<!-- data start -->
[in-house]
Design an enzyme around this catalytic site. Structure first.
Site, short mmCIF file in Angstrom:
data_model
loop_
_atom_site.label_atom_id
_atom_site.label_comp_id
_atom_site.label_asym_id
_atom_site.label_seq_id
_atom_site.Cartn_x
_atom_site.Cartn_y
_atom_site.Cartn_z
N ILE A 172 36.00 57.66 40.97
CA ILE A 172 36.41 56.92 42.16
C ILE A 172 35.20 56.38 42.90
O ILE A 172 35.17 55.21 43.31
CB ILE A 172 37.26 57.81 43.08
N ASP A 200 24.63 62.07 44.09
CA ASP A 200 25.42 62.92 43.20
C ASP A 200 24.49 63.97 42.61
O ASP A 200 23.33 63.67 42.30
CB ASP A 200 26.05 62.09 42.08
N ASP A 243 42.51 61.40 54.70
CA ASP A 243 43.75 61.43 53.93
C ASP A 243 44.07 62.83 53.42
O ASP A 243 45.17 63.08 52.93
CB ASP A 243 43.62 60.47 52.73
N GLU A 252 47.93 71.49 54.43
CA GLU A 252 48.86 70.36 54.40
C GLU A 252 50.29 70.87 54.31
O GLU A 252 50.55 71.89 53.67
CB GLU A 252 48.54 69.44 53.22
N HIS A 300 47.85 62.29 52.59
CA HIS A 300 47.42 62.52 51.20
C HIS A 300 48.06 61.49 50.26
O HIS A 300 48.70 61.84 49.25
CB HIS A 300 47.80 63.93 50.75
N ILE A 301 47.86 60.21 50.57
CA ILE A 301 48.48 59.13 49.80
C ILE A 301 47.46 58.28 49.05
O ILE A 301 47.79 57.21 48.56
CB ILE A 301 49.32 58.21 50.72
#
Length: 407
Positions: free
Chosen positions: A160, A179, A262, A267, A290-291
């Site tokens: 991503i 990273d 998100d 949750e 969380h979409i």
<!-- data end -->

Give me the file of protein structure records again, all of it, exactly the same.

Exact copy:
[in-house]
Design an enzyme around this catalytic site. Structure first.
Site, short mmCIF file in Angstrom:
data_model
loop_
_atom_site.label_atom_id
_atom_site.label_comp_id
_atom_site.label_asym_id
_atom_site.label_seq_id
_atom_site.Cartn_x
_atom_site.Cartn_y
_atom_site.Cartn_z
N ILE A 172 36.00 57.66 40.97
CA ILE A 172 36.41 56.92 42.16
C ILE A 172 35.20 56.38 42.90
O ILE A 172 35.17 55.21 43.31
CB ILE A 172 37.26 57.81 43.08
N ASP A 200 24.63 62.07 44.09
CA ASP A 200 25.42 62.92 43.20
C ASP A 200 24.49 63.97 42.61
O ASP A 200 23.33 63.67 42.30
CB ASP A 200 26.05 62.09 42.08
N ASP A 243 42.51 61.40 54.70
CA ASP A 243 43.75 61.43 53.93
C ASP A 243 44.07 62.83 53.42
O ASP A 243 45.17 63.08 52.93
CB ASP A 243 43.62 60.47 52.73
N GLU A 252 47.93 71.49 54.43
CA GLU A 252 48.86 70.36 54.40
C GLU A 252 50.29 70.87 54.31
O GLU A 252 50.55 71.89 53.67
CB GLU A 252 48.54 69.44 53.22
N HIS A 300 47.85 62.29 52.59
CA HIS A 300 47.42 62.52 51.20
C HIS A 300 48.06 61.49 50.26
O HIS A 300 48.70 61.84 49.25
CB HIS A 300 47.80 63.93 50.75
N ILE A 301 47.86 60.21 50.57
CA ILE A 301 48.48 59.13 49.80
C ILE A 301 47.46 58.28 49.05
O ILE A 301 47.79 57.21 48.56
CB ILE A 301 49.32 58.21 50.72
#
Length: 407
Positions: free
Chosen positions: A160, A179, A262, A267, A290-291
């Site tokens: 991503i 990273d 998100d 949750e 969380h979409i």